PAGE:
Edith Roosevelt

White House portrait
Edith Kermit Carow Roosevelt (August 6, 1861September 30, 1948), second wife of Theodore Roosevelt, was First Lady of the United States from 1901 to 1909.

Edith Kermit Carow knew Theodore Roosevelt from infancy; as a toddler she became a playmate of his younger sister Corinne. Born in Norwich, Connecticut, daughter of Charles (1825-1883) and Gertrude Tyler Carow (1836-1895) and a granddaughter of Daniel Tyler who was a general in the American Civil War; she grew up in an old New York City brownstone on Union Square -- an environment of comfort and tradition. After the death of a brother (Feb. 1860 - Aug 1860), Edith was born in 1861. Young Edith Carow had a younger sister, Emily Tyler Carow (1865-1939). Throughout childhood she and "Teddie" were in and out of each other's houses.

Attending Miss Comstock's school, she acquired the proper finishing touch for a young lady of that era. A quiet girl who loved books, she was often Theodore's companion for summer outings at Oyster Bay, Long Island; but this ended when he entered Harvard College. Although she attended his wedding to Alice Hathaway Lee in 1880, their lives ran separately until 1885, when he was a young widower with an infant daughter, Alice.

Enlarge picture
Roosevelt Family, 1903


Theodore Roosevelt and Edith were married in London in December 1886. They settled down in a house on Sagamore Hill, at Oyster Bay, headquarters for a family that added five children in ten years: Theodore Jr., Kermit, Ethel Carow, Archibald Bulloch, and Quentin. Throughout Roosevelt's intensely active career, family life remained close and entirely delightful. For a short time before reaching the White House, she found herself in competition with future First Lady Helen Taft when Mrs. Taft gave birth to Helen Taft on August 1, 1891 almost two weeks before Ethel Roosevelt was born on August 13, 1891.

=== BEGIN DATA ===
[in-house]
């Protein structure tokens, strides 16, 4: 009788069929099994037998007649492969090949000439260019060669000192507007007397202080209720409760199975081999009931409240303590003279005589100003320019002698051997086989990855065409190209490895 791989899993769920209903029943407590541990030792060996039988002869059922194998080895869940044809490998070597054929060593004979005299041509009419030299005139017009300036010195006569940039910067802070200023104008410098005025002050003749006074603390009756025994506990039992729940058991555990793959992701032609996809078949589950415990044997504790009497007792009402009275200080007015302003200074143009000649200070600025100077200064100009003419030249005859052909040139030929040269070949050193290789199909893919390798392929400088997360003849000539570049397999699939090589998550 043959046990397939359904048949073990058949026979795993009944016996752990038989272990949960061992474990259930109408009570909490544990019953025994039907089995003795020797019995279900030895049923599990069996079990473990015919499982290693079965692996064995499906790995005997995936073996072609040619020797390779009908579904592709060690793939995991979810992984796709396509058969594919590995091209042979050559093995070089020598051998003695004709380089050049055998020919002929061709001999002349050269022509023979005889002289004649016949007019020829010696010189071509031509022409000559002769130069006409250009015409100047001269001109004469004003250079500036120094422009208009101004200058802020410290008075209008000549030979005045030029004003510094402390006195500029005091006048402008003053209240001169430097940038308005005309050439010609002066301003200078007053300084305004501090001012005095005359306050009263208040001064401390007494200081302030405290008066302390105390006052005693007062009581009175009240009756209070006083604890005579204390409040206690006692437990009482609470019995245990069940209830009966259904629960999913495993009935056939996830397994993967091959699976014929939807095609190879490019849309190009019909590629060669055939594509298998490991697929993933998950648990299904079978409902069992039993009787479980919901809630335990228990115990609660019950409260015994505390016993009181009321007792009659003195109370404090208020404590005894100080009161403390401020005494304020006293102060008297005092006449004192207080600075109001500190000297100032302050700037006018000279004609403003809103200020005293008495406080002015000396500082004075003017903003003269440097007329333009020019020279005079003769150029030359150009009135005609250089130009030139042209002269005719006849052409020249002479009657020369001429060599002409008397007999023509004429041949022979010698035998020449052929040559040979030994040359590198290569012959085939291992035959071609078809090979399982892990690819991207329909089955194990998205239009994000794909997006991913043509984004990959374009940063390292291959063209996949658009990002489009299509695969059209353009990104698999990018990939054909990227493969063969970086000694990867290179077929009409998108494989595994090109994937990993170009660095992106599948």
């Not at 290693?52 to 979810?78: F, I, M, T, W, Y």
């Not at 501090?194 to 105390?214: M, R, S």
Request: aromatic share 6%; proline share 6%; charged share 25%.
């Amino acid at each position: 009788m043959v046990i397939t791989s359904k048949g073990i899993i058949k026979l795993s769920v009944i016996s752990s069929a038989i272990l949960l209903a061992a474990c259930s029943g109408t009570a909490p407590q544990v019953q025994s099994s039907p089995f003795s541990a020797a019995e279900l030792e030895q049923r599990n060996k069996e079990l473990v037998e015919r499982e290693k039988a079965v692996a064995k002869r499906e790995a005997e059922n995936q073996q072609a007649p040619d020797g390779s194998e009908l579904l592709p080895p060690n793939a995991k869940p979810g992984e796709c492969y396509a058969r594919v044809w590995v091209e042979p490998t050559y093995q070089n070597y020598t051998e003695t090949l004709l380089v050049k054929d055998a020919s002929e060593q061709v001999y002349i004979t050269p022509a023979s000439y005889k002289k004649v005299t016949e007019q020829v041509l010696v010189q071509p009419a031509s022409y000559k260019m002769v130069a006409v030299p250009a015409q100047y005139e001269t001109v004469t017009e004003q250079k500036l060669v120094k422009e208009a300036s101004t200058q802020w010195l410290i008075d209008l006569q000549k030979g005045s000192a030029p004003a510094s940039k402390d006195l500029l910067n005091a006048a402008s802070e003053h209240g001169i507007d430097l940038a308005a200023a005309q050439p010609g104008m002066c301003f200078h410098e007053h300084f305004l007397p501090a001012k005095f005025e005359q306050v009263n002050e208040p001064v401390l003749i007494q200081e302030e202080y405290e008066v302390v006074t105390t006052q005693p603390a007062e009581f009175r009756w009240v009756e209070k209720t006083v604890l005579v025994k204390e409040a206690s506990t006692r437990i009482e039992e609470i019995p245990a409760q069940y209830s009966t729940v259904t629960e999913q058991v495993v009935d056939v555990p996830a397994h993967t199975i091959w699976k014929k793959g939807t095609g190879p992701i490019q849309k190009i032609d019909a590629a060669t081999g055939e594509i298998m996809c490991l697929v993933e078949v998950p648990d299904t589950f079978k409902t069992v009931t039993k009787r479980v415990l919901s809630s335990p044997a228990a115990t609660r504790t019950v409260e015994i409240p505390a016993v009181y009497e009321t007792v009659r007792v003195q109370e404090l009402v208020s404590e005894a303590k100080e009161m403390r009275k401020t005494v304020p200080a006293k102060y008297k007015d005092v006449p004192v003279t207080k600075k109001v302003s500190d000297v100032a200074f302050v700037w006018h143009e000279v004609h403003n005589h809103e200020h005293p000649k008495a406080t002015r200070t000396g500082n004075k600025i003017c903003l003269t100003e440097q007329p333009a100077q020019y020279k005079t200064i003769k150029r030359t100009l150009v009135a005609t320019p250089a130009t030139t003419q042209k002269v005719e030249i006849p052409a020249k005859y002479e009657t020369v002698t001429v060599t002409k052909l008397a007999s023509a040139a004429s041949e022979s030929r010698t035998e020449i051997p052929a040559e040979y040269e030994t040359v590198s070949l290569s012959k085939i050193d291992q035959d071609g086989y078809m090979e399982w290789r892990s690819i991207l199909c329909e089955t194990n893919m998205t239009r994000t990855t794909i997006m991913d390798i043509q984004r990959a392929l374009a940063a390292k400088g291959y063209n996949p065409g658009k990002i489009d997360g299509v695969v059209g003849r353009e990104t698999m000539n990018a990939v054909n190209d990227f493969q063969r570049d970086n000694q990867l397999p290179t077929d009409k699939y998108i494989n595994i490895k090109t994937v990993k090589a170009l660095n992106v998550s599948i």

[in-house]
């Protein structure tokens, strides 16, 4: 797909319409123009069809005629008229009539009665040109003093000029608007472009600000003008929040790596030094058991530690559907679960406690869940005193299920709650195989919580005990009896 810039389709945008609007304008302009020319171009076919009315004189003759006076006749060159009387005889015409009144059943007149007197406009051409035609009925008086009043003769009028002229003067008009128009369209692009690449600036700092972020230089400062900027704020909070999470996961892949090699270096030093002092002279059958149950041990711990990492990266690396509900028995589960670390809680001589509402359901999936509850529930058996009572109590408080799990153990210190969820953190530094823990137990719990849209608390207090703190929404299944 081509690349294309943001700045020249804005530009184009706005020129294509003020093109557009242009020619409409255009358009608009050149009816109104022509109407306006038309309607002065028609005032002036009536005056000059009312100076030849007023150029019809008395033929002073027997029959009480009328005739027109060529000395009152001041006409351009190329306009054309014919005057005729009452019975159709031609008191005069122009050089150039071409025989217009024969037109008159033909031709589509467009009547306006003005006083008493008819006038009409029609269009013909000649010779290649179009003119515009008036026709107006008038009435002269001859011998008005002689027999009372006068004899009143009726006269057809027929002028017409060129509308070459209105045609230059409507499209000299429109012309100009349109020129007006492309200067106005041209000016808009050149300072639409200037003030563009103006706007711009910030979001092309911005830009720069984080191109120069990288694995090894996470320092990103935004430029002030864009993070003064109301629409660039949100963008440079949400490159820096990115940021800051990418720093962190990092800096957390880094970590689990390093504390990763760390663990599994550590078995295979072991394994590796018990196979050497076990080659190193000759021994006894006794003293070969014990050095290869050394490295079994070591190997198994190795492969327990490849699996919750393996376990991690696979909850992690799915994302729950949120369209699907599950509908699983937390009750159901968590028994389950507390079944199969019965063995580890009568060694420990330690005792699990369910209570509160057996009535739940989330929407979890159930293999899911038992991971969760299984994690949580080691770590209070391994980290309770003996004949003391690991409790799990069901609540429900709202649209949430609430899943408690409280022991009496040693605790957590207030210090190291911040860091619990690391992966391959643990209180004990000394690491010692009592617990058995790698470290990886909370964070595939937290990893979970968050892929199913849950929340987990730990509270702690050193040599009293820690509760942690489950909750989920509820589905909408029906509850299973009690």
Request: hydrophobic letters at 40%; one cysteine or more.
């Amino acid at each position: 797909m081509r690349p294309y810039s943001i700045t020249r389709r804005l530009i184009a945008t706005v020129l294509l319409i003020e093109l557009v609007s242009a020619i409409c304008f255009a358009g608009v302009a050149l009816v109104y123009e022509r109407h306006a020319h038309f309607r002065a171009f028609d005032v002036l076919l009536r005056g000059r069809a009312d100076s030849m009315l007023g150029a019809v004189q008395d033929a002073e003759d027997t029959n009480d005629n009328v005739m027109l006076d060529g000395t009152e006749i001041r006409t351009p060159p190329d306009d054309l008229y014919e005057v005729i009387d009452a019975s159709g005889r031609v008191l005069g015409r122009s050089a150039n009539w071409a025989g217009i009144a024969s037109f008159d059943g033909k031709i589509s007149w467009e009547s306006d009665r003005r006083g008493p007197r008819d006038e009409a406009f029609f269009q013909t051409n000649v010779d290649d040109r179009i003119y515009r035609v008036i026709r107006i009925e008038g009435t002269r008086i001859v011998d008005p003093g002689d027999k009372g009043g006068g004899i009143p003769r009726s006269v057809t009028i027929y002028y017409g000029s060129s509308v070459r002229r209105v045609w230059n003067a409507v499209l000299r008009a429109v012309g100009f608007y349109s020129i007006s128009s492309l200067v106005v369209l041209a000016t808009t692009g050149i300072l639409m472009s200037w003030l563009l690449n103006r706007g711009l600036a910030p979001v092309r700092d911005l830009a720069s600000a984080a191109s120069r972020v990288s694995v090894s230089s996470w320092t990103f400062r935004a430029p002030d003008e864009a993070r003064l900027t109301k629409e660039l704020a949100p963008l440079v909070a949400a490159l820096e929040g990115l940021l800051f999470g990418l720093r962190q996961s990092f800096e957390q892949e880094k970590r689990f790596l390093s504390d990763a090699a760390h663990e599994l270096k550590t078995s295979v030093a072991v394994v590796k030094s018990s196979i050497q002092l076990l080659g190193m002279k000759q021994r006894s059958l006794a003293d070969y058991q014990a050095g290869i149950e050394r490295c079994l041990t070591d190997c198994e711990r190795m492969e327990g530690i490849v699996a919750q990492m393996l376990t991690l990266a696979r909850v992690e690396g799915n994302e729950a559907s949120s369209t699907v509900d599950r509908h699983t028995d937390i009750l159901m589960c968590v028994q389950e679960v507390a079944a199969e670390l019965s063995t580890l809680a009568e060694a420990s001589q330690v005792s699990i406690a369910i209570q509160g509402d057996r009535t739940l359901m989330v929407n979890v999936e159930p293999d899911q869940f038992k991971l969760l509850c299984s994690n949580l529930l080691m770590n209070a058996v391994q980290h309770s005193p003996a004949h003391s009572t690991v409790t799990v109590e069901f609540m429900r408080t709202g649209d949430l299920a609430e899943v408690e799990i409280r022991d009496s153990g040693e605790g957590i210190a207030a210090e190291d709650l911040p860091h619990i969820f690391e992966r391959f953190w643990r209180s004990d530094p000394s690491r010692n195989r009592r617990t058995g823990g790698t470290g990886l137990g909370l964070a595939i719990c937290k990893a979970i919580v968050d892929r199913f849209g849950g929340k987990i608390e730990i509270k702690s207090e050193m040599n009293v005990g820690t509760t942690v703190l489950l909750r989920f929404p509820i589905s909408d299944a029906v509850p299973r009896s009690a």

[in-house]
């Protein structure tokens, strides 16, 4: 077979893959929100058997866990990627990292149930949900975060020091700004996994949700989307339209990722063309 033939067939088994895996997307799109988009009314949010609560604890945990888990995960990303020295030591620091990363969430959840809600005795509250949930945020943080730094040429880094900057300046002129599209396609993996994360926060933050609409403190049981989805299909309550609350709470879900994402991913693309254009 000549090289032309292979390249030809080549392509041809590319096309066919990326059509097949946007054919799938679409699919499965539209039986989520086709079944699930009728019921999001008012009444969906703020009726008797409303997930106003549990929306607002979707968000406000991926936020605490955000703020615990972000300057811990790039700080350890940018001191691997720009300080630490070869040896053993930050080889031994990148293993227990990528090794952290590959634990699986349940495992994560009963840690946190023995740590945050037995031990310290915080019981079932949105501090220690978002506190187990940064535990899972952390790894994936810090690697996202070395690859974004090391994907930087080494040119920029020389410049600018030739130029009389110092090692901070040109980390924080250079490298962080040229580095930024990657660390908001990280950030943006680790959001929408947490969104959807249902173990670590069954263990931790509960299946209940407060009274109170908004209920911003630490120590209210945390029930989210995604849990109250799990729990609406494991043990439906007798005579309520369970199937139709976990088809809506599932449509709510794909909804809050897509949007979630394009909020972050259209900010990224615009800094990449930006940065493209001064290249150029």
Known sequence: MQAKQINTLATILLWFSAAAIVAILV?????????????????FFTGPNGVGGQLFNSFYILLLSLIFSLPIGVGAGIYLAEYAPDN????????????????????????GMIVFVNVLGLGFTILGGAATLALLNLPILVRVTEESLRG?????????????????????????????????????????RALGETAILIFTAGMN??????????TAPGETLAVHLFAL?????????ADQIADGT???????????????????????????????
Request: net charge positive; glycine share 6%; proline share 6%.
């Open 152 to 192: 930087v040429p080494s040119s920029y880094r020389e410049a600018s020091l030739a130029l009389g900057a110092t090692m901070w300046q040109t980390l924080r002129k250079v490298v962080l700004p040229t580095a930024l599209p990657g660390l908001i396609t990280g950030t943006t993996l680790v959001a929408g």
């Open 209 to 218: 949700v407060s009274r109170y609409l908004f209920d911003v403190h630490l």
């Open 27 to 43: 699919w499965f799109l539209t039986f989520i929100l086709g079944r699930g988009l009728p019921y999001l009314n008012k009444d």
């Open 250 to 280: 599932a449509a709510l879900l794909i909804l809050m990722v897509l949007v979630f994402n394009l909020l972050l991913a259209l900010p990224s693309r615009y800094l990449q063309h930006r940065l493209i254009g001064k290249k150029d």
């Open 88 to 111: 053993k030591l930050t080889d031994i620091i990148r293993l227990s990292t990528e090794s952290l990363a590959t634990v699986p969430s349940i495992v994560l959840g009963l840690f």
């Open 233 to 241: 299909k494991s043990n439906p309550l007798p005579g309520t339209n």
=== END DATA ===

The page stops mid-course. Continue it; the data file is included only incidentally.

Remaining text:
After William McKinley's assassination, Mrs. Roosevelt assumed her new duties as First Lady with characteristic dignity. She meant to guard the privacy of a family that attracted everyone's interest, and she tried to keep reporters outside her domain. The public, in consequence, heard little of the vigor of her character, her sound judgment, her efficient household management.

But in this administration the White House was unmistakably the social center of the land. Beyond the formal occasions, smaller parties brought together distinguished men and women from varied walks of life. Three family events were highlights: the debut of "Princess Alice" in 1902, the wedding of "Princess Alice" to Nicholas Longworth, and Ethel's debut. A perceptive aide described the First Lady as "always the gentle, high-bred hostess; smiling often at what went on about her, yet never critical of the ignorant and tolerant always of the little insincerities of political life."

After her husband's death in 1919, she traveled abroad but always returned to Sagamore Hill as her home. She kept till the end her interest in the Needlework Guild, a charity which provided garments for the poor, and in the work of Christ Church at Oyster Bay. After her husband's death, she established a second residence in the Tyler family's ancestral hometown of Brooklyn, Connecticut. Mrs. Roosevelt came out of retirement in 1932 and gave a seconding speech on the behalf of Herbert Hoover in his bid for re-election, thus campaigning against her nephew-in-law Franklin Delano Roosevelt. She had never cared for her niece Eleanor and did not want to see her become First Lady. She died at her Oyster Bay home in New York on September 30, 1948, at the age of 87 and is interred in Youngs Memorial Cemetery of Oyster Bay, NY.

References

Honorary titles
Preceded by
Jennie Tuttle Hobart
Second Lady of the United States
1901
Succeeded by
Cornelia Cole Fairbanks
Preceded by
Ida Saxton McKinley
First Lady of the United States
19011909
Succeeded by
Helen Herron Taft


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Theodore Roosevelt, Jr. (IPA: /ˈroʊzəvɛlt/; October 27 1858 – January 6 1919), also known as T.R.
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First Lady of the United States is the unofficial title of the hostess of the White House. Because this position is traditionally filled by the wife of the President of the United States, the title is sometimes taken to apply only to the wife of a sitting President.